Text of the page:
by Weber Shandwick Australia

The past year has seen a period of unprecedented challenges, with consumers’ declining trust in news, continuing consolidation of media outlets, tightening client budgets and the looming threat of a shrinking talent pool. All factors that undoubtedly will influence the year ahead for PR.

With this in mind, Weber Shandwick Australia’s leadership team sat down to look ahead to 2018, sharing their predictions about what will influence our campaigns, client relationships and agency resourcing in the next 12 months. This included Ava Lawler, Managing Director, Megan Rosier, Head of Technology and Corporate, Gareth Finch, Head of Health and Lifestyle, Cameron Thorburn, Head of Digital and Creative and Brian Keenan, Head of Planning.

Here are some key trends they believe will influence the industry in 2018.

Artificial Intelligence, data and machine learning will become a reality for PR

AI and machine learning have been the buzzwords of 2017, but we’ve yet to fully realise the influence they will have on our industry. In 2018, new technologies will transform our ways of working – from more focus on upfront research to inform strategic and creative recommendations, to reducing manual tasks and focusing more time on strategic counsel and evolving our campaigns and engagements on behalf of clients.

With AI and machine learning, we can now assess the performance of content and channels on the fly. For example, as bots become more prevalent we will be able to move from traditional A/B testing to test and enhance things like titles of content, language and phrases before they are released widely.

New skills will be the new norm

The government’s abolishment of the 457 visa has been a major blow to our industry, but while many see it as a challenge, there is a major opportunity for us to think differently about how we train the existing talent in our business, and how we hire people who may not hold PR qualifications, but can bring other skills that allow us to deepen our expertise

Relationships will always be at the core of communications and engagement, but we are starting to see people entering our profession that bring with them very different skills. In 2018, we’ll move beyond the more familiar talent pool of video and content producers to expand capabilities with data scientists, people with more analytical abilities, social anthropologists, and more diverse content and creative backgrounds – allowing us to deliver more fully formed integrated campaigns that reach customers throughout the .

However with this, comes the challenge of ensuring specialists are properly integrated within the business and that existing staff are trained on how to work with these people to deliver effective campaigns. And with changes to the agency staffing model, a key required skill moving forward will be leaders who know how to negotiate. Agencies that adapt their model to properly integrate new skills into the business are those that will reap the benefits.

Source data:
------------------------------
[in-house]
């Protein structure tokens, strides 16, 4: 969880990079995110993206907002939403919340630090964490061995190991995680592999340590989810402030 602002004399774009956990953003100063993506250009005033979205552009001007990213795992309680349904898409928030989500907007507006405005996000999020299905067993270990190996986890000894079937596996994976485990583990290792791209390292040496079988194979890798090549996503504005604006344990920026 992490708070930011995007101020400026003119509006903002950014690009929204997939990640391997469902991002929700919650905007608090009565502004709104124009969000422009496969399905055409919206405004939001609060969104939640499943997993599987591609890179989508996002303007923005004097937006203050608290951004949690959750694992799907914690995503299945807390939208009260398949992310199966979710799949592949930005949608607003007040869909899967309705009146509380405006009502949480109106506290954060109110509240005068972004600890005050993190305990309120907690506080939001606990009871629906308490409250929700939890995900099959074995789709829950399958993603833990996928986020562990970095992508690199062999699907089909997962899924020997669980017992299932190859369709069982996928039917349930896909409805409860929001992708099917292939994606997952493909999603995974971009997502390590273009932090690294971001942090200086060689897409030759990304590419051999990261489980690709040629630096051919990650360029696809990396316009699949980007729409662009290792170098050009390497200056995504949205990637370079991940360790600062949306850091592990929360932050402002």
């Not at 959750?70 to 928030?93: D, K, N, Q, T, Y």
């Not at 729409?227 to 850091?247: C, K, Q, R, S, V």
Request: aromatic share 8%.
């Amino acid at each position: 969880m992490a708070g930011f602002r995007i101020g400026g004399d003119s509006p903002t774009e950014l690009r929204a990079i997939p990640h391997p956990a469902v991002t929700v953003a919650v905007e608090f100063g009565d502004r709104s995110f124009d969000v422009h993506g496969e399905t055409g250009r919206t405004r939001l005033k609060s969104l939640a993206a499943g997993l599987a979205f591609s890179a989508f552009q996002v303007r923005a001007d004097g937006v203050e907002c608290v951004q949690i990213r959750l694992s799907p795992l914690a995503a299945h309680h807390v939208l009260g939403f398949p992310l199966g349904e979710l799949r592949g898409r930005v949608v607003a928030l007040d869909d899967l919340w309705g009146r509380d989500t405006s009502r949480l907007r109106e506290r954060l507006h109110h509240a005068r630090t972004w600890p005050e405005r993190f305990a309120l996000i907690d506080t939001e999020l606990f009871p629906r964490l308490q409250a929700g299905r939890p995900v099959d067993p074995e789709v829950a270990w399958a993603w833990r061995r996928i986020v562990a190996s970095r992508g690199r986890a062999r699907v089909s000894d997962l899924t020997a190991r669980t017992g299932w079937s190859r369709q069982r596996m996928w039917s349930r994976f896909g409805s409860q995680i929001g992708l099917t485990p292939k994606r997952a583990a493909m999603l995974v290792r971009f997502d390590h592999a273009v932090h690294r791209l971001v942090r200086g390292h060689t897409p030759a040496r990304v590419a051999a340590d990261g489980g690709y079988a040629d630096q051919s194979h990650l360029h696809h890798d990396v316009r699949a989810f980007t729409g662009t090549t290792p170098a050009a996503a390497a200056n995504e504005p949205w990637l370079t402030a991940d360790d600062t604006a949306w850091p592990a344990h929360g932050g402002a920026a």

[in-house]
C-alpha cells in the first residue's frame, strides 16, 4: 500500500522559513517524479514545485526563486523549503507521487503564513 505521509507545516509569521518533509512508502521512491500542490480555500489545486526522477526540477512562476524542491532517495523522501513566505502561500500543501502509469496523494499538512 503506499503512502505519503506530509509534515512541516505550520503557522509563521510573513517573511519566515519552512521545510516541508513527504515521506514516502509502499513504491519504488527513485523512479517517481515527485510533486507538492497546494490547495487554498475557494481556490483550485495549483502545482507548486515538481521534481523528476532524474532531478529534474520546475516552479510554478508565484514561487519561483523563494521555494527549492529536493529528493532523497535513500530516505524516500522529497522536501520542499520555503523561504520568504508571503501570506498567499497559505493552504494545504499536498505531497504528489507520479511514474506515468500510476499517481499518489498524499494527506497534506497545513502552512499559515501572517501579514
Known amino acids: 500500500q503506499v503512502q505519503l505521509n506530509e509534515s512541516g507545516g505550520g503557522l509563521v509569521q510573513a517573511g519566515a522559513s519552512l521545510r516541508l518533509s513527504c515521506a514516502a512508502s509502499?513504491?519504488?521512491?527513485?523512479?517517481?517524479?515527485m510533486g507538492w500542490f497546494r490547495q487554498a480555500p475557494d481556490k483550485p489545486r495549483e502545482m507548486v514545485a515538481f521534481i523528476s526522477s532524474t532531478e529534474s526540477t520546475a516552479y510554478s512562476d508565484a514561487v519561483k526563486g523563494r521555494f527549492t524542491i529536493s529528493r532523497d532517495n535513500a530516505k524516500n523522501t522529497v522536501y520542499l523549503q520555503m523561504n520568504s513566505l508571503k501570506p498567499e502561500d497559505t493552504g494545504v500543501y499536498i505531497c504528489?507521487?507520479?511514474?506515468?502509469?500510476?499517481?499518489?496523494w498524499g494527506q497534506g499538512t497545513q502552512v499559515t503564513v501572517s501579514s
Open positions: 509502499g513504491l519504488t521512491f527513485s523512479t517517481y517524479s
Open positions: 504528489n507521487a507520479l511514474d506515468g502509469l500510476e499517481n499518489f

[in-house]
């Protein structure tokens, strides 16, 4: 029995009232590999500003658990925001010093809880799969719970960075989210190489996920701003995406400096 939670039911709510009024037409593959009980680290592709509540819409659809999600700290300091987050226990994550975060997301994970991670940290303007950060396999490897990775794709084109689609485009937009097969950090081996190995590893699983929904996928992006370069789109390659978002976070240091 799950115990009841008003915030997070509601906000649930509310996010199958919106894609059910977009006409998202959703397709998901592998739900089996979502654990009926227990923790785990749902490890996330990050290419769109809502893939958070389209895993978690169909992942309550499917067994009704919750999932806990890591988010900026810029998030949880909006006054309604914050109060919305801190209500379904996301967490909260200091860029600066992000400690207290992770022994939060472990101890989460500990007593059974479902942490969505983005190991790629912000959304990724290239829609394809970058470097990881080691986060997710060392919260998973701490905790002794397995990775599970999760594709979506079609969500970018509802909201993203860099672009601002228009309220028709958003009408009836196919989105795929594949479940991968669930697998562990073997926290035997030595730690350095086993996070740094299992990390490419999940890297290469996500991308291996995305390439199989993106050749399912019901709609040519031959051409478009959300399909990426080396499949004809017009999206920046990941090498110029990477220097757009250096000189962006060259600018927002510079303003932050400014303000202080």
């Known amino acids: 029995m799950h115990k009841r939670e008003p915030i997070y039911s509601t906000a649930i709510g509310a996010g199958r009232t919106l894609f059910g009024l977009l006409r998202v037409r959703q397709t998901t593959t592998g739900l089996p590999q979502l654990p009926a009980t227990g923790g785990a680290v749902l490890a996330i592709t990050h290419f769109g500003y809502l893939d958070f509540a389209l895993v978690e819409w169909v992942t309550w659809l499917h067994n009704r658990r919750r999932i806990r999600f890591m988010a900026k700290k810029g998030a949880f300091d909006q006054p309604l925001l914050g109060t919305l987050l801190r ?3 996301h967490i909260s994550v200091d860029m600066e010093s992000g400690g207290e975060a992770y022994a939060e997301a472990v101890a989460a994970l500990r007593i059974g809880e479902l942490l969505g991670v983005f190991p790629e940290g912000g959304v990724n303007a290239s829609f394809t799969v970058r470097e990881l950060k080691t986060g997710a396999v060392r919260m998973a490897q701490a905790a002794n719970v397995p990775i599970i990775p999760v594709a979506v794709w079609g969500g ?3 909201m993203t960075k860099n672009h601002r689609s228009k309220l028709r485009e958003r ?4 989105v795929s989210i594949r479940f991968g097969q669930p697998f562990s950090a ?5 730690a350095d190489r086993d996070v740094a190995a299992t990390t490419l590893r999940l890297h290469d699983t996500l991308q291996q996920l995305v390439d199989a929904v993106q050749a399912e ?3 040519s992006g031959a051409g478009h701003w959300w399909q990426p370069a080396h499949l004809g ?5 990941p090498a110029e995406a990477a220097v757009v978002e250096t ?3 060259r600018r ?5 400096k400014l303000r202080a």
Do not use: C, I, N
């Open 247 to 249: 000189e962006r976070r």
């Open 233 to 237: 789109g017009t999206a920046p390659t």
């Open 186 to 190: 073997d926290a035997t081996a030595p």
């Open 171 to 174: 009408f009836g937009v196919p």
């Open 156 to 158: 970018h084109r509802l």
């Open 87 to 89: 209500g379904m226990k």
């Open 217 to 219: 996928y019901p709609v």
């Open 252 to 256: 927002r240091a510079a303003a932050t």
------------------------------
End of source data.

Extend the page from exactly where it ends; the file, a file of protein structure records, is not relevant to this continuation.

Shifting balance between earned and paid media

Journalists have truly battled the last year with a loss of reputation, resources and the ability to truly deliver independent and objective news. With this comes a necessary rethink of the relationship between paid and earned media and the role of influencers in contributing to campaigns.

As PR practitioners, many of us have fought hard to maintain the purity of our discipline with a focus on earned media. But in this new landscape, a working knowledge of the relationship between paid and earned media will be a requirement, not just a nice to have. And we need to show clients how paid media will provide clients with ROI, which also comes down to how we’re measuring.

Branded content has been on the agenda for number of years but the increasing decline of trust in the media will see a greater need for even more visual, snackable and dynamic owned content as everyone vies for attention through the noise.

PR will finally have a seat in the boardroom

With technology advancements, there is now no reason why our industry can’t demonstrate how campaigns impact business. With better data and analytical capabilities, PR practitioners can finally move beyond measuring how many ‘things’ they produce or how much coverage they generate, to what activity or message drove engagement, how that tied to a sales lead or a sale, and how a campaign improved reputation and therefore brand performance. We no longer need to be at the top of the funnel when it comes to the consumer journey, but can measure PR’s impact from awareness all the way through to purchase.

While 2017 has thrown many hurdles, they’ve also presented a multitude of opportunities. How we respond and adapt to the shifting landscape will shape the nature of our profession in 2018 – and if we approach it with optimism and enthusiasm, the changes will be for the better.

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